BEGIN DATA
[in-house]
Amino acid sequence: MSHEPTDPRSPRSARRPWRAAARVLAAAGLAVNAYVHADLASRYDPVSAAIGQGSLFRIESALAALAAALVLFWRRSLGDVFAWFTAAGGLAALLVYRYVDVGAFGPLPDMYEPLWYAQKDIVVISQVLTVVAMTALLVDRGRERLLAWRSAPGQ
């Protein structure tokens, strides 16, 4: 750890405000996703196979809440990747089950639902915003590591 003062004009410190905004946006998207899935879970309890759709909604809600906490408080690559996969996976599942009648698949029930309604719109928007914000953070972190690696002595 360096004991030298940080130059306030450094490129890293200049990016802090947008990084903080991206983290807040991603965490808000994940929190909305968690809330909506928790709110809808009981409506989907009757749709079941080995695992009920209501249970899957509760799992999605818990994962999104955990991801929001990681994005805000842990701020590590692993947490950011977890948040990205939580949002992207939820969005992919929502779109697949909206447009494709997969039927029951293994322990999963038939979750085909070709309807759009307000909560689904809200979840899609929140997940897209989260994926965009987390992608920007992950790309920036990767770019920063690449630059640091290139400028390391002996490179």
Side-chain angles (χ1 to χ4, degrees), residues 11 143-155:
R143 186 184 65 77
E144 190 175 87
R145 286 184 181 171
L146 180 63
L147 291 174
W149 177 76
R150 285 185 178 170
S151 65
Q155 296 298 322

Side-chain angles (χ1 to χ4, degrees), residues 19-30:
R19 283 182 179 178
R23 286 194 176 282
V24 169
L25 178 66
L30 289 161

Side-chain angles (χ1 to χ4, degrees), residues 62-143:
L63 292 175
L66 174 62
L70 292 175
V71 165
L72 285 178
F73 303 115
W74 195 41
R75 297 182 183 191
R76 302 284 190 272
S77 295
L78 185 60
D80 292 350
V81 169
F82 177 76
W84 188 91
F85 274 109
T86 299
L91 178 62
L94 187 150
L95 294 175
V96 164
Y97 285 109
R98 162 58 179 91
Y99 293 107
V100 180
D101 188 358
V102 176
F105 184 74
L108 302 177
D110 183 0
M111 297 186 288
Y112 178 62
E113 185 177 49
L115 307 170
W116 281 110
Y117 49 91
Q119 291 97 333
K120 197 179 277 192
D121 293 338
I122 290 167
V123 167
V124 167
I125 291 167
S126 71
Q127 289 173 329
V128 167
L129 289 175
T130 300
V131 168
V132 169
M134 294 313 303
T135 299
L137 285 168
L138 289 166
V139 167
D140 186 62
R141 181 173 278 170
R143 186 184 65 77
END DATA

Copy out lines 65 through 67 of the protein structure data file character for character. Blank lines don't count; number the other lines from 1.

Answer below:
Q127 289 173 329
V128 167
L129 289 175